Empirical evidence of correlated biases in dietary assessment instruments and its implications. American Journal of Epidemiology, 153, 394-403

Biometry Research Group, Division of Cancer Prevention, National Cancer Institute, Bethesda, MD 20892-7354, USA.
American Journal of Epidemiology (Impact Factor: 5.23). 03/2001; 153(4):394-403. DOI: 10.1093/aje/153.4.394
Source: PubMed


Multiple-day food records or 24-hour recalls are currently used as "reference" instruments to calibrate food frequency questionnaires (FFQs) and to adjust findings from nutritional epidemiologic studies for measurement error. The common adjustment is based on the critical requirements that errors in the reference instrument be independent of those in the FFQ and of true intake. When data on urinary nitrogen level, a valid reference biomarker for nitrogen intake, are used, evidence suggests that a dietary report reference instrument does not meet these requirements. In this paper, the authors introduce a new model that includes, for both the FFQ and the dietary report reference instrument, group-specific biases related to true intake and correlated person-specific biases. Data were obtained from a dietary assessment validation study carried out among 160 women at the Dunn Clinical Nutrition Center, Cambridge, United Kingdom, in 1988-1990. Using the biomarker measurements and dietary report measurements from this study, the authors compare the new model with alternative measurement error models proposed in the literature and demonstrate that it provides the best fit to the data. The new model suggests that, for these data, measurement error in the FFQ could lead to a 51% greater attenuation of true nutrient effect and the need for a 2.3 times larger study than would be estimated by the standard approach. The implications of the results for the ability of FFQ-based epidemiologic studies to detect important diet-disease associations are discussed.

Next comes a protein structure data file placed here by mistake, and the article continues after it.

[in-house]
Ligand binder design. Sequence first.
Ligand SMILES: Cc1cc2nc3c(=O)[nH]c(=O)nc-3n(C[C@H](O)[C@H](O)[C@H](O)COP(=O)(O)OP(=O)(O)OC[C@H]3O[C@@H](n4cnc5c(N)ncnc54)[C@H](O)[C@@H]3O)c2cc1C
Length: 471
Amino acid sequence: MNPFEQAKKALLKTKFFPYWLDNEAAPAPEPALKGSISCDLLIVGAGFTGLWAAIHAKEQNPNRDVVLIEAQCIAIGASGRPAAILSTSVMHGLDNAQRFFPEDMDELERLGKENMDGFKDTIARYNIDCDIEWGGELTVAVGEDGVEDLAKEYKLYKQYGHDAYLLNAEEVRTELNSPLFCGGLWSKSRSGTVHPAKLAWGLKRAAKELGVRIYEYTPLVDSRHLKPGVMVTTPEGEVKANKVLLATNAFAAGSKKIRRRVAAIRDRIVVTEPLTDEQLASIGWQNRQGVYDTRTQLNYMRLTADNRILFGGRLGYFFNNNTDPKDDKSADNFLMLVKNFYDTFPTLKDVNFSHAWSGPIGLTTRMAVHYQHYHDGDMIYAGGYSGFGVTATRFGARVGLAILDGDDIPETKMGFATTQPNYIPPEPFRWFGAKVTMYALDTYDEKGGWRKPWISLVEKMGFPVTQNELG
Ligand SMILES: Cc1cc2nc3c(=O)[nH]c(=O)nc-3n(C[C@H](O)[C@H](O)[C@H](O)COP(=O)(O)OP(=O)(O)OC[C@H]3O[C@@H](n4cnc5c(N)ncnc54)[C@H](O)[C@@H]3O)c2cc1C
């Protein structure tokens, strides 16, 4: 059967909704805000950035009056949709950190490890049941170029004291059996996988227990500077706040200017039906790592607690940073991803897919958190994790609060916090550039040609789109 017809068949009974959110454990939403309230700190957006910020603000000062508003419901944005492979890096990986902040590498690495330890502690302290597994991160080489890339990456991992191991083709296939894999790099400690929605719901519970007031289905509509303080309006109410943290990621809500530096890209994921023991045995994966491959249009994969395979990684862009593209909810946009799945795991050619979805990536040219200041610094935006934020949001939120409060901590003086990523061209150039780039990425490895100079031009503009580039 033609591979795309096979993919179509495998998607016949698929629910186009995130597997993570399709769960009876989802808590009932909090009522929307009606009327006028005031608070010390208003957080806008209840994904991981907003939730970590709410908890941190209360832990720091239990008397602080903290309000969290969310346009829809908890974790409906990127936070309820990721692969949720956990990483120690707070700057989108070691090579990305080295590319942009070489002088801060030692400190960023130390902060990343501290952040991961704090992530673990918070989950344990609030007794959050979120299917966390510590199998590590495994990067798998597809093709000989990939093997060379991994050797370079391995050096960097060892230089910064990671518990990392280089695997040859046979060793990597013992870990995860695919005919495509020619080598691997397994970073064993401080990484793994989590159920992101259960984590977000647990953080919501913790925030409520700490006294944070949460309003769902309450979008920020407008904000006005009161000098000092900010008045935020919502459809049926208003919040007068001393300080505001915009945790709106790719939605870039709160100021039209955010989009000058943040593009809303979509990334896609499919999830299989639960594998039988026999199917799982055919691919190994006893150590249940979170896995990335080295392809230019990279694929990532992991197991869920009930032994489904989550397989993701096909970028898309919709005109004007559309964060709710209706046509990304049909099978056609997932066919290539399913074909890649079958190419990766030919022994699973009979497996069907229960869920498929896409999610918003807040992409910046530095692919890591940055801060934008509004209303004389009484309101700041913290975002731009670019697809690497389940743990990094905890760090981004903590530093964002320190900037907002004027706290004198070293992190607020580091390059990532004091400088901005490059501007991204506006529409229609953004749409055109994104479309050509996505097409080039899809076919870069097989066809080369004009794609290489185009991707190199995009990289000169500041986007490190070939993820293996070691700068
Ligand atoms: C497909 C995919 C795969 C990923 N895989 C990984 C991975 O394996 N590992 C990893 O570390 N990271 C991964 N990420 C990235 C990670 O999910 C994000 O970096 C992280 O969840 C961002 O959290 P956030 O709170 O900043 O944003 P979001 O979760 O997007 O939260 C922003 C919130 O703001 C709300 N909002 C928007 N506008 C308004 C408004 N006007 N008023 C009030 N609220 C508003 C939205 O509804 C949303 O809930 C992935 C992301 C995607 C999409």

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    • ") between urinary N and protein intake (intake ranging from 51 to 212 g/day) was found to be 0.91 (Magee et al., 2004). In a meta-analysis of data by Kipnis et al. (2001) it was found that urinary N is 80% of dietary intake on average. Of the nitrogenous fractions urea is the most predominant, making up between 75% and 90% (Lentner, 1981). "